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3 Volume 4 Number 1

;,w Canals of Amsterdam:


'ture and Saciety, 18, no.
lemocratization', Media,

Cybrids
Integrating Cognitive and IPhysical Space in
Architecture

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ndustrial Society
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1 has been dearly
.6,nerton's research,
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of direct electronic
ulorly in the USA. This
;ervotives, represented
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: [1996J, pp. 187) to
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lily, 1991), p. 261.

'oposolto
September 1997.

Peter Anders
Abstract: People regularly use perceived and cognitive spaces to
navigate and think. These include zones of privacy, territory, the space
of memory and visual thought. They let us map our environment, model
or plan projects, even imagine places like Heaven or Hell.
Cyberspace is an electronic extension of this cognitive space. Designers
of virtual environments already know the power these spaces have on
the imagination. Computers are.not just planning tools - they change
the very substance of design. With computers designers can create
spaces both for physical and non-physical media. A conscious
integration of cognitive and physical space can affect construction and
maintenance costs, as well as their impact on our environment.
This paper is about the convergence of physical and cyberspaces. The
first part defines cognitive space and its relationship to cyberspace. The
second relates cyberspace to the built environment. Finally, a recent
project done at the University of Michigan Graduate School of
Architecture, USA, is employed to illustrate the integration of physical
and cyberspaces.
... We pierce doors and windows to make a house.
And it is on these spaces where there is nothing
that the utility of the house depends.
Therefore just as we take advantage of what is,
we should also recognize the utility of what is not.
(Lao Tsu, Tao The Ching, Chapter Xl l )

Spaces as media Several years ago I attended a conference - Cyberconf 3 - in Austin,


Texas, USA. As an architect I was there to see presentations on virtual
reality and 3D representation of spaces. Architecture, a driving force in
3D imaging, uses virtual reality as part of its toolkit for building
documentation. I thought the meeting in Austin would confirm what I
already knew. I was wrong.
Amy Bruckman, then a Ph.D. student at Massachusetts Institute of
Technology's Media Lab, USA, presented a paper2 on a multi-user
domain (MUD) she had created for the conference. MUDs, I learned,
are text-based social environments on the internet. Unlike electronic
bulletin boards, MUDs use spatial references as social settings. Her
_ _ _ _ _ _ _ _ MUD, MediaMOO, was set primari!y in MIT's Wiesner Building, the

86

CONVERGENCE 1998 Volume 4 Number 1

site of the Media Lab. Though the five-story building comprises labs,
offices and work areas, it lacks spaces for the large social events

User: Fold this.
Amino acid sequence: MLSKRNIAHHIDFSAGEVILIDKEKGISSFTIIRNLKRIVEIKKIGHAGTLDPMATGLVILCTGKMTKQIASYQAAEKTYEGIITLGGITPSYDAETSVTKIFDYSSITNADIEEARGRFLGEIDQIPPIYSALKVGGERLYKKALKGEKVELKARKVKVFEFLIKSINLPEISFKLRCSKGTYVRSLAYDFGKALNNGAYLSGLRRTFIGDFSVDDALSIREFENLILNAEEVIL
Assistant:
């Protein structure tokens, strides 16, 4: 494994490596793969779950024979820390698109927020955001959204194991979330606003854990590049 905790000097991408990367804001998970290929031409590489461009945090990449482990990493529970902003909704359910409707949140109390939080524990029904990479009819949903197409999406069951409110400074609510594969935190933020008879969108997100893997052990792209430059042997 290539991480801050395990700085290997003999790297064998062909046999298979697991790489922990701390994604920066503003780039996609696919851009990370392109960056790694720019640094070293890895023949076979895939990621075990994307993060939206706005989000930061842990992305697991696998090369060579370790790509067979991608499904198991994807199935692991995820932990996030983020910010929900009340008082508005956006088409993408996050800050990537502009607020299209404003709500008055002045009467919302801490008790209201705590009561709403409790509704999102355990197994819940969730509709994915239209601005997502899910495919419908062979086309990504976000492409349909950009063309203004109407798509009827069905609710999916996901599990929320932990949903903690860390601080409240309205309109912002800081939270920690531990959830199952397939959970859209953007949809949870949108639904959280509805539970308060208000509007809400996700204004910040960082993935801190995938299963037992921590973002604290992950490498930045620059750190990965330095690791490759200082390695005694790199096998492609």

Bruckman had envisioned.
Though the building was an available reference for creating a MUD, it
was no surprise that it couldn't accommodate large gatherings. There
was an architectural mismatch between the building metaphor and its
intended use. But Bruckman was not on architect.
Visitors who get to the roof level of MediaMOO are notified of a space
above them. This unprecedented sixth floor is the site of a ballroom
complete with guest facilities, changing rooms (With costumes) and
dance floor. The space is a fiction hovering above the Wiesner
Building. It is a mental space that extends the physical building beyond
its original purpose.
This witty solution challenged any assumptions I had brought to Austin,
It opened doors onto a world where fictional spaces took the status of
physical buildings. Architecture here was symbolic, situating the actions
of its users. The computer was not a design tool, in an architectural
sense, but a medium for creating social space.
The seeming parity between physical and electronic space was a
challenge, however. Could cyberspaces supplant physical architecture?
How would one account for their similarities or differences? What were
the benefits and costs of this ambiguity? I realised how troubling these
'luestions could be for architects. Their new tool, the computer, seemed
to be Trojan horse that could reduce the need for construction - perhaps
architecture itself.
Indeed, architecture is not alone. Any discipline that depends on the
physical production of objects could be affected as well. If these objects
hold or relay information they can potentially be supplanted by
simulation. We already see this since information media lessen the need
for the production of books, for instance.
Over the past few years, I have studied the spatialisation of the internet
and its potential effects on our physical environment.~ I hope to start a
discussion on the nature of space and its role in thought and social
interaction. While the research I will present was dane in an
architectural context, I believe the issues are general. They are as
relevant to those engaged in electronic media as they are to those
creating our physical environment.